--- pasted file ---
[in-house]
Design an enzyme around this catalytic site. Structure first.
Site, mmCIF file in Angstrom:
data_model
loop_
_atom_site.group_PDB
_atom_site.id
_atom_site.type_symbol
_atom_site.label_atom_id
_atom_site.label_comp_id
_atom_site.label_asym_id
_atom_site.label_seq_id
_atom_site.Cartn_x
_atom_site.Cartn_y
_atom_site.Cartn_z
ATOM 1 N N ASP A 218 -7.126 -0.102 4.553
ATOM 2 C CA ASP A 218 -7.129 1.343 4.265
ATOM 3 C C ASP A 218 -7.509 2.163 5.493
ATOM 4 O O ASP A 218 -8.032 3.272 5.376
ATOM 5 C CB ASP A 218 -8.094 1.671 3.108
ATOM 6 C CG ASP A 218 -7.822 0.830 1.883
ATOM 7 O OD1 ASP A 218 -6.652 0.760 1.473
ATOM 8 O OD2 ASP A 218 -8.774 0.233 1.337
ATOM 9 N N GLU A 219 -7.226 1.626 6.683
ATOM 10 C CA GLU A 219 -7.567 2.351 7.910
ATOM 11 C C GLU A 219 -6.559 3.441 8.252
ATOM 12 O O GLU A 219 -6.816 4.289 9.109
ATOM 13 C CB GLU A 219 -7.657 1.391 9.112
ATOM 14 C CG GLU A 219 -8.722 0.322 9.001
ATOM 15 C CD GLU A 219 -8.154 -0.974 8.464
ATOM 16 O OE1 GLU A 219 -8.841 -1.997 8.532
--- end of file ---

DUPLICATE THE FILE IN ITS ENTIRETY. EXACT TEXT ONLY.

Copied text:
[in-house]
Design an enzyme around this catalytic site. Structure first.
Site, mmCIF file in Angstrom:
data_model
loop_
_atom_site.group_PDB
_atom_site.id
_atom_site.type_symbol
_atom_site.label_atom_id
_atom_site.label_comp_id
_atom_site.label_asym_id
_atom_site.label_seq_id
_atom_site.Cartn_x
_atom_site.Cartn_y
_atom_site.Cartn_z
ATOM 1 N N ASP A 218 -7.126 -0.102 4.553
ATOM 2 C CA ASP A 218 -7.129 1.343 4.265
ATOM 3 C C ASP A 218 -7.509 2.163 5.493
ATOM 4 O O ASP A 218 -8.032 3.272 5.376
ATOM 5 C CB ASP A 218 -8.094 1.671 3.108
ATOM 6 C CG ASP A 218 -7.822 0.830 1.883
ATOM 7 O OD1 ASP A 218 -6.652 0.760 1.473
ATOM 8 O OD2 ASP A 218 -8.774 0.233 1.337
ATOM 9 N N GLU A 219 -7.226 1.626 6.683
ATOM 10 C CA GLU A 219 -7.567 2.351 7.910
ATOM 11 C C GLU A 219 -6.559 3.441 8.252
ATOM 12 O O GLU A 219 -6.816 4.289 9.109
ATOM 13 C CB GLU A 219 -7.657 1.391 9.112
ATOM 14 C CG GLU A 219 -8.722 0.322 9.001
ATOM 15 C CD GLU A 219 -8.154 -0.974 8.464
ATOM 16 O OE1 GLU A 219 -8.841 -1.997 8.532